Celtic Woman embraces change

Irish singing group invigorated by new faces, original member says



• What: Celtic Woman, in concert.

• When: 8 p.m. April 21.

• Where: Keller Auditorium, 222 S.W. Clay, Portland.

&#8226; Cost: $50.85-$88.30 through Ticketmaster, 503-248-4335 or <a href="http://ticketmaster.com.">http://ticketmaster.com.</a>

&#8226; Information: <a href="http://www.celticwoman.com.">http://www.celticwoman.com.</a>

• What: Celtic Woman, in concert.

• When: 8 p.m. April 21.

• Where: Keller Auditorium, 222 S.W. Clay, Portland.

• Cost: $50.85-$88.30 through Ticketmaster, 503-248-4335 or http://ticketmaster.com.

• Information: http://www.celticwoman.com.

In much of the music world, personnel changes can spell the end of a band’s career. Even if a group survives a change in a key member, there’s no guarantee fans will accept the new edition of the group. Just ask Van Halen about Gary Cherone as that group’s singer.

But in the world of Celtic Woman, which this winter welcomed Susan McFadden as the ninth singer to join its ranks, change may actually be an asset for the group.

At least that’s how Chloe Agnew, one of two remaining original members of the Irish-accented vocal group, sees it.

“I think when people come along to see us, they know that Celtic Woman has new faces all the time,” Agnew said in a recent phone interview. “It’s ever-changing, it’s ever-fresh, it’s ever-new. And I think some people are still glad to see that there are still two originals left there, myself and (violinist) Mairead (Nesbitt). We love it. We stuck it out, and we’re so happy to be here. I think that a huge part of Celtic Woman is embracing the new combined with the old.”

In fact, Agnew said, being able to change and evolve as new members come and go may be the thing that enables Celtic Woman to have a far longer life than the usual music group.

“I hope in that way, with that in mind, that will allow Celtic Woman to live on for many years,” she said. “It’s about four Irish women, it’s about feeling kind of self-empowered and about bringing that to people all over the world. I hope — because people are aware that it is always changing and it is always new and there are always new faces coming into it — that that will allow it to live on for many years.”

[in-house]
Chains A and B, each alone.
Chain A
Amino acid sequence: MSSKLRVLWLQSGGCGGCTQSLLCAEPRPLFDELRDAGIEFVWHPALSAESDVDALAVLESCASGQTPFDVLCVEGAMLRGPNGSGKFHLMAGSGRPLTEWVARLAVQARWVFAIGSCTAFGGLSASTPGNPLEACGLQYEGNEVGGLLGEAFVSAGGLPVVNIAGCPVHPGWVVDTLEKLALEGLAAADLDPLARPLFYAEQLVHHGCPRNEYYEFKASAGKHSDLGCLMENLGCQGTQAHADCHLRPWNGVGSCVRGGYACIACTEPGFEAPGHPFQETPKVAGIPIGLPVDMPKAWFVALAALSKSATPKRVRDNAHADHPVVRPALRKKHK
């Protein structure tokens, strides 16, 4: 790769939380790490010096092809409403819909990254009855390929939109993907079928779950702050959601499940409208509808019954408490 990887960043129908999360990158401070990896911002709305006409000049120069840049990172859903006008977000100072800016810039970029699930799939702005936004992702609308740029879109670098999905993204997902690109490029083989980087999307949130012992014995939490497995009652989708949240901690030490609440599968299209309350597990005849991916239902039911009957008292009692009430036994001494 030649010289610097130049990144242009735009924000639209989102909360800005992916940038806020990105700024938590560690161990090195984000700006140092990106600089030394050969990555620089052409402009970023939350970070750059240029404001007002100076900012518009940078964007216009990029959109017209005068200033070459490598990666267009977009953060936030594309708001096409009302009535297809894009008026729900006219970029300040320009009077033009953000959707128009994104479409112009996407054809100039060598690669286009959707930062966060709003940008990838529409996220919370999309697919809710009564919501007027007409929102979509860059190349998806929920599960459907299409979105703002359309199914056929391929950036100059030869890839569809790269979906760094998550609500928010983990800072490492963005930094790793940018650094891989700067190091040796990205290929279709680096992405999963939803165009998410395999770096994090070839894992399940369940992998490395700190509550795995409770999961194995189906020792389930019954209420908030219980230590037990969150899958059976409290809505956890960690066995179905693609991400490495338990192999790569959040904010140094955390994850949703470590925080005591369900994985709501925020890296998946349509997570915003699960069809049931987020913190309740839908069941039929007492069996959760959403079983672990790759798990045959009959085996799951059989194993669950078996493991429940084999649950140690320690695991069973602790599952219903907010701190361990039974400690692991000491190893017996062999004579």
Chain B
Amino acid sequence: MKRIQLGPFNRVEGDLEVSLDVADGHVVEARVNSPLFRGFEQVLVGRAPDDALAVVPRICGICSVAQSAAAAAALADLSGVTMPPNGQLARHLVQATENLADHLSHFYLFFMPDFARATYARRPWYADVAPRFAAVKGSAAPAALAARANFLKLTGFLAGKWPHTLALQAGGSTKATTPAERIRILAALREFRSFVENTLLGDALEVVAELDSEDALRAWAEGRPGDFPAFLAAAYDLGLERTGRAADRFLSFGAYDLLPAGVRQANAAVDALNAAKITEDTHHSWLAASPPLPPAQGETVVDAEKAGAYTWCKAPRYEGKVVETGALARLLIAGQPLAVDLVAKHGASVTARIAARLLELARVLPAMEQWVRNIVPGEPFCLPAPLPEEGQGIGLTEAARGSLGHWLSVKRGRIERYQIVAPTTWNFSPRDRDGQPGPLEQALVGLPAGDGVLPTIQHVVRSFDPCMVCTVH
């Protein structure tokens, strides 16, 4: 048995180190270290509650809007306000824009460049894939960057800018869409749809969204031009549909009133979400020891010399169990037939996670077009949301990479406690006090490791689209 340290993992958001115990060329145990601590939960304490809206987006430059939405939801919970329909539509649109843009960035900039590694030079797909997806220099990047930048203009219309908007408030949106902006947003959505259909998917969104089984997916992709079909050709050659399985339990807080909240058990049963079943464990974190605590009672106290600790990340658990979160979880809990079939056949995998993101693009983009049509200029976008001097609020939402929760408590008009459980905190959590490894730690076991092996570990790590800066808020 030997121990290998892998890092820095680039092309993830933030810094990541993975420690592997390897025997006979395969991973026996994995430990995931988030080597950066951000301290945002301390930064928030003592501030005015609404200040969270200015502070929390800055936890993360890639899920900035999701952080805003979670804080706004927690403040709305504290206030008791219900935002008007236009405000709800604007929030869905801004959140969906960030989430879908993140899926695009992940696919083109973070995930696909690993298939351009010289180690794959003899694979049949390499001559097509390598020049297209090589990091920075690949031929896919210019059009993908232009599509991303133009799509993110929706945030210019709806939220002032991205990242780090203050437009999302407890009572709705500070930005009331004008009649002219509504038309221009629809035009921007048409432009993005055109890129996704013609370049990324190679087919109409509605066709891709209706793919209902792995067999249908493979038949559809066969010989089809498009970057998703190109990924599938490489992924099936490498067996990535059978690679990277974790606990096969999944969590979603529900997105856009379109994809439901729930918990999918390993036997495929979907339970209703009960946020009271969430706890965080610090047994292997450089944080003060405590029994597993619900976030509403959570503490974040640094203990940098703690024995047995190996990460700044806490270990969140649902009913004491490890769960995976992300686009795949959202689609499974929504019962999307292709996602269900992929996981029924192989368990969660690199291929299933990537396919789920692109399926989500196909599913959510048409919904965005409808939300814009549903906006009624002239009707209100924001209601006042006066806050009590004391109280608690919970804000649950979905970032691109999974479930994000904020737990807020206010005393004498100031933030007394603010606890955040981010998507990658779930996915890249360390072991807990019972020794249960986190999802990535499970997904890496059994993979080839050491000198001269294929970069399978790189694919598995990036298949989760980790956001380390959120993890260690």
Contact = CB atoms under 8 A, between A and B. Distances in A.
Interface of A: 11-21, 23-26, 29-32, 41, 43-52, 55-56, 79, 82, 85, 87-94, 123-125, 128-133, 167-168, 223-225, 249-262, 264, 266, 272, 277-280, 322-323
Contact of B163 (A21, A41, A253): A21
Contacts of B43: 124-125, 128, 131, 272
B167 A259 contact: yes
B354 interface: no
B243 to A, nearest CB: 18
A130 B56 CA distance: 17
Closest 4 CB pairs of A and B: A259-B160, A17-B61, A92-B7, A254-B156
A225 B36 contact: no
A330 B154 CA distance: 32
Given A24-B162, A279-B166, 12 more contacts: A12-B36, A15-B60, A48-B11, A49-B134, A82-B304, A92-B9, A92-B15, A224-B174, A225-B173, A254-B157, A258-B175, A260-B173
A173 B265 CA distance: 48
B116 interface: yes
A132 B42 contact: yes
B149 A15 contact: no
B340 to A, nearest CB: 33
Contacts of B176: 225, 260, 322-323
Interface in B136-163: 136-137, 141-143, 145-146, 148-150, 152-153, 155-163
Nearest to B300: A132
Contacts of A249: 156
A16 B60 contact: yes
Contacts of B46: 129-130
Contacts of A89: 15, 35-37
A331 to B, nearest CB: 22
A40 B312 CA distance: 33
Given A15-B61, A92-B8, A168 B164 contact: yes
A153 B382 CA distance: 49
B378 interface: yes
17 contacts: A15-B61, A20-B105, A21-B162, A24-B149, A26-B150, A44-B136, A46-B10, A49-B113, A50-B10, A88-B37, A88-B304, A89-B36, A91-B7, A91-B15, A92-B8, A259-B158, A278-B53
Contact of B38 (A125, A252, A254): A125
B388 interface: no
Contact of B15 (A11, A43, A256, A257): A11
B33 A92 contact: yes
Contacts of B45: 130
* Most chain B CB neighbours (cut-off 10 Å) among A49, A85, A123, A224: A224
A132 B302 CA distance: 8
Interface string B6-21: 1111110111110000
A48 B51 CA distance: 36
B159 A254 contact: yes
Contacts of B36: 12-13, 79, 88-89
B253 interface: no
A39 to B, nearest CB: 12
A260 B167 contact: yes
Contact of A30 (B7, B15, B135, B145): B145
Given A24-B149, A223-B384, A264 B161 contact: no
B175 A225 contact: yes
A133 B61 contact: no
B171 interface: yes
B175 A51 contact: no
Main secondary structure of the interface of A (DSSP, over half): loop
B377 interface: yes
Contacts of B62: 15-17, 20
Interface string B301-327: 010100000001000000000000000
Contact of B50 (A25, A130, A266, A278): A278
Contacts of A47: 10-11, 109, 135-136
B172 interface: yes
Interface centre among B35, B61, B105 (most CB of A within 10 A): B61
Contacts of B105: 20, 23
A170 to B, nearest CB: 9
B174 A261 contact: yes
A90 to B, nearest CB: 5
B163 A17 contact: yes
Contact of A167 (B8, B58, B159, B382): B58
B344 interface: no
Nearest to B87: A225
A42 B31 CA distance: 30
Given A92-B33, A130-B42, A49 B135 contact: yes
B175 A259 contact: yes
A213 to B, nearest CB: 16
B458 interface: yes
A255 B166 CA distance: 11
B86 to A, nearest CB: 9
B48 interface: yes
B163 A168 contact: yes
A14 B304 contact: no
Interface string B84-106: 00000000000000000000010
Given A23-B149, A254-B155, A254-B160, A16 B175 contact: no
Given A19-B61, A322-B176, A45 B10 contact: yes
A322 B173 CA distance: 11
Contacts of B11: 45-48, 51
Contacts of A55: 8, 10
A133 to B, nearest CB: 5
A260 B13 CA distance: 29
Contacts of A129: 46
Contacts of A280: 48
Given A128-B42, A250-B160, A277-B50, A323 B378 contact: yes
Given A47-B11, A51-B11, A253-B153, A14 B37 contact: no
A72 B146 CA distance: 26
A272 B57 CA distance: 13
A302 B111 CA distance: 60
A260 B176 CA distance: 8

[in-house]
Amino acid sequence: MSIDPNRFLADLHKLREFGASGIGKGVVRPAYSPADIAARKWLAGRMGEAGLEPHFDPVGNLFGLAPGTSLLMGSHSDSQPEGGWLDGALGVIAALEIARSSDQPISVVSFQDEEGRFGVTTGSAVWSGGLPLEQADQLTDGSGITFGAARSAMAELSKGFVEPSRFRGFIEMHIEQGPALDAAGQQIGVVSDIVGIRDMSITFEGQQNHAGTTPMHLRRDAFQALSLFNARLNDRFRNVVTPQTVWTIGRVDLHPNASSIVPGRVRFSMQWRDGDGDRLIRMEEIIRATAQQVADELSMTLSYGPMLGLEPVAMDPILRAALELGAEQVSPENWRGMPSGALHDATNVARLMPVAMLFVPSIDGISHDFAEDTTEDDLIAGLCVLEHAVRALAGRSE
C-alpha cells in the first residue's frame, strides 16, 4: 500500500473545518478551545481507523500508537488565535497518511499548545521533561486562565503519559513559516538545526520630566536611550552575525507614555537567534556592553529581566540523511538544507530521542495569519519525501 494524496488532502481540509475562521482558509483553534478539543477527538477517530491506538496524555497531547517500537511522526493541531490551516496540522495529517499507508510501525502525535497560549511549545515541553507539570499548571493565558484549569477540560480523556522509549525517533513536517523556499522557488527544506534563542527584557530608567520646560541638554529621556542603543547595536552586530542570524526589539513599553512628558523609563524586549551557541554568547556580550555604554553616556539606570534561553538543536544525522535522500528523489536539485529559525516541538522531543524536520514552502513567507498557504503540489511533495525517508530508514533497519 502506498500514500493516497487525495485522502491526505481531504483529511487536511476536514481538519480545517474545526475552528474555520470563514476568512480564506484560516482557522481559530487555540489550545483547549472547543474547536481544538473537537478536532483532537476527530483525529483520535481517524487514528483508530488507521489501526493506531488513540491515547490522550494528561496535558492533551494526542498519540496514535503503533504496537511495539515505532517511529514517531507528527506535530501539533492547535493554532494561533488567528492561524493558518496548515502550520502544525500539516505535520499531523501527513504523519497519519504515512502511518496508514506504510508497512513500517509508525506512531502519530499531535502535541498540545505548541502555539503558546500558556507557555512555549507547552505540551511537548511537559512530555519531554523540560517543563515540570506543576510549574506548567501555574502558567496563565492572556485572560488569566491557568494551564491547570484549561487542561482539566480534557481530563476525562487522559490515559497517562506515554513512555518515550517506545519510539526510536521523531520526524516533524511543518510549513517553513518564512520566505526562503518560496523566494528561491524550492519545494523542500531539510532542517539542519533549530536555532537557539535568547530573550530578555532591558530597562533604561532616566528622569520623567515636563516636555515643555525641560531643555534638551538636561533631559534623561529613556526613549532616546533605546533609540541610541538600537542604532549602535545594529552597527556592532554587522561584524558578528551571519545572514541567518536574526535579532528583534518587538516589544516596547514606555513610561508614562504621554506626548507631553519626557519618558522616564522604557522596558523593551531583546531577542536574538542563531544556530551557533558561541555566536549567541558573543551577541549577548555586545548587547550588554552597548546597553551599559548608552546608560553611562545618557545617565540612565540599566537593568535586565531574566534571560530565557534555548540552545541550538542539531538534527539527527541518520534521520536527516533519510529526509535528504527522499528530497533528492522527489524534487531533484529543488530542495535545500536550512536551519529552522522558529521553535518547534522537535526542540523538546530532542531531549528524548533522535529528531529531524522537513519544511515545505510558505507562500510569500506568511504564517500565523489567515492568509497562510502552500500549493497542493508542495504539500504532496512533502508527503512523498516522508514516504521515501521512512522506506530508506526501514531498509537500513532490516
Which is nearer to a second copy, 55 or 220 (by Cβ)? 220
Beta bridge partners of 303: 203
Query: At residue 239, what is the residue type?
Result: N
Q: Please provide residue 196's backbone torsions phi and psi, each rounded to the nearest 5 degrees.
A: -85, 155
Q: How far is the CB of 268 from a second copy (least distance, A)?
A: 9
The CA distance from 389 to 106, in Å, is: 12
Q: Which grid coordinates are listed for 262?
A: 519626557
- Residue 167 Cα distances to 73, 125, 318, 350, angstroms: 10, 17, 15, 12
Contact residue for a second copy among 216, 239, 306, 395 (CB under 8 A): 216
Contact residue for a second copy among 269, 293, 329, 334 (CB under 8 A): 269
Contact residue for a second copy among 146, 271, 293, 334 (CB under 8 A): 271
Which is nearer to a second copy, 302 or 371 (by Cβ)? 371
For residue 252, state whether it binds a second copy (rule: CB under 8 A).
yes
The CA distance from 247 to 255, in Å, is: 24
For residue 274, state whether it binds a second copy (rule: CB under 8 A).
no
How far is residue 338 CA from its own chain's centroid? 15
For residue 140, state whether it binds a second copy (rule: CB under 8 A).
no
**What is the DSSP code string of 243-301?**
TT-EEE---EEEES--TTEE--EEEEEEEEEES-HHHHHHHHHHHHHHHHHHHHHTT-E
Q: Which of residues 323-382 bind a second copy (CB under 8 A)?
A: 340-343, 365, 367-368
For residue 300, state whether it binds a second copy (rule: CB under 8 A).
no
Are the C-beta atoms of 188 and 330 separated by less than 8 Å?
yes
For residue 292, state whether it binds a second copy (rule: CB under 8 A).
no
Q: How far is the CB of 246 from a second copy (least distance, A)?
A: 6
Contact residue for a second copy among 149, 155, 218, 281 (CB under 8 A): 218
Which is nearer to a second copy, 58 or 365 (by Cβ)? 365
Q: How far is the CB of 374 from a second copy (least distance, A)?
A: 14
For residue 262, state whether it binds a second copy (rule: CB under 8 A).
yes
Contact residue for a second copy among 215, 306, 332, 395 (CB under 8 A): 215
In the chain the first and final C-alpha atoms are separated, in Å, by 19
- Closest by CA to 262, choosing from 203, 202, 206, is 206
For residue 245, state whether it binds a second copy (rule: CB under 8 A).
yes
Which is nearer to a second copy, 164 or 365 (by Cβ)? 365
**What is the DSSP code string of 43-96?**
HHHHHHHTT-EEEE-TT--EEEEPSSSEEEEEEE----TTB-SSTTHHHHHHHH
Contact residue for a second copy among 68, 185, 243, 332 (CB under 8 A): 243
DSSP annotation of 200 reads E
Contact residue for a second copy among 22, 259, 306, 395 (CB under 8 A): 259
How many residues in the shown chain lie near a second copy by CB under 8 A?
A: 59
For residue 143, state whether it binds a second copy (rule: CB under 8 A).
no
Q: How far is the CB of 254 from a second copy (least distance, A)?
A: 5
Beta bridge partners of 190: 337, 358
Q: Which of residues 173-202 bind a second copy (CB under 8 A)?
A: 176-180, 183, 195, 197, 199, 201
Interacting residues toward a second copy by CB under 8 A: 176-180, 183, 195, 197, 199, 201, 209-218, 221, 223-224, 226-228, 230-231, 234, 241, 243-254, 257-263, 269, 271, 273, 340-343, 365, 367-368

Certainly, the evolving lineup hasn’t hindered Celtic Woman so far.

Originally, Celtic Woman was created for a one-off television special filmed in Ireland, and musical director David Downes and producer Sharon Bowne essentially recruited the four singers — Orla Fallon, Agnew, Lisa Kelly and Meav Ni Mhaolchatha, along with fiddle player Nesbitt — to perform that single concert.

Instead, PBS picked up the film of that performance, and it became a popular fundraising program for PBS in spring and summer 2005. That paved the way for the release of the show as a concert DVD that sold more than a million copies. Meanwhile, the group’s self-titled first studio album topped Billboard magazine’s world music chart for a record-setting 68 consecutive weeks.

Since then, the group has released two more CD/DVD packages of new material, as well as a 2008 best-of CD and DVD, both titled “The Greatest Journey: Essential Collection.” In all, the group has sold more than 6 million copies of its CDs and DVDs and has topped 2 million in ticket sales for its tours.

The success has been sustained as the lineup has seen Fallon and Mhaolchatha leave, and singers Alex Sharpe, Lynn Hilary and Haley Westenra arrive and then depart. Now Kelly, who is expecting a child, has stepped away, and McFadden has joined Agnew and Lisa Lambe (who joined Celtic Woman last year) as the singers in the group.

Kelly, though, was still on board for the newest Celtic Woman project, “Believe,” which was released on Jan. 24. It’s a dual release, with a concert DVD capturing the live debut of the “Believe” material when it was performed last fall at Atlanta’s Fox Theatre, and a CD featuring studio versions of the new songs.

Agnew feels the “Believe” project offers something fresh for Celtic Woman fans.

“I think with this particular studio album, when you compare it to our last studio album, (2010’s) ‘Songs From The Heart,’ a lot of the material that was chosen for ‘Songs From The Heart’ were songs that were very special to us and they were songs that came from the heart,” she said. “I think with ‘Believe,’ we decided to choose music that would inspire. It can be a very stressful and troubled world we live in right now, and I think the idea behind ‘Believe’ was choosing music that would inspire a little bit of hope and a bit of faith in these troubled times.”

Audiences can expect the show Celtic Woman is taking on tour this year to feature many elements of the concert that was filmed for the “Believe” DVD.

“The set is quite similar, the lights, the costumes, it’s all pretty similar to what you see on the DVD,” Agnew said. “So it’s great to have those elements that people know.

“We’ve taken a lot of the music we’ve recorded, and we’re going to be performing all of that new music live,” she said. “Of course, we’re going to be mixing it up with some of our fan favorites and some of the old classic Celtic Woman songs that people love to hear.”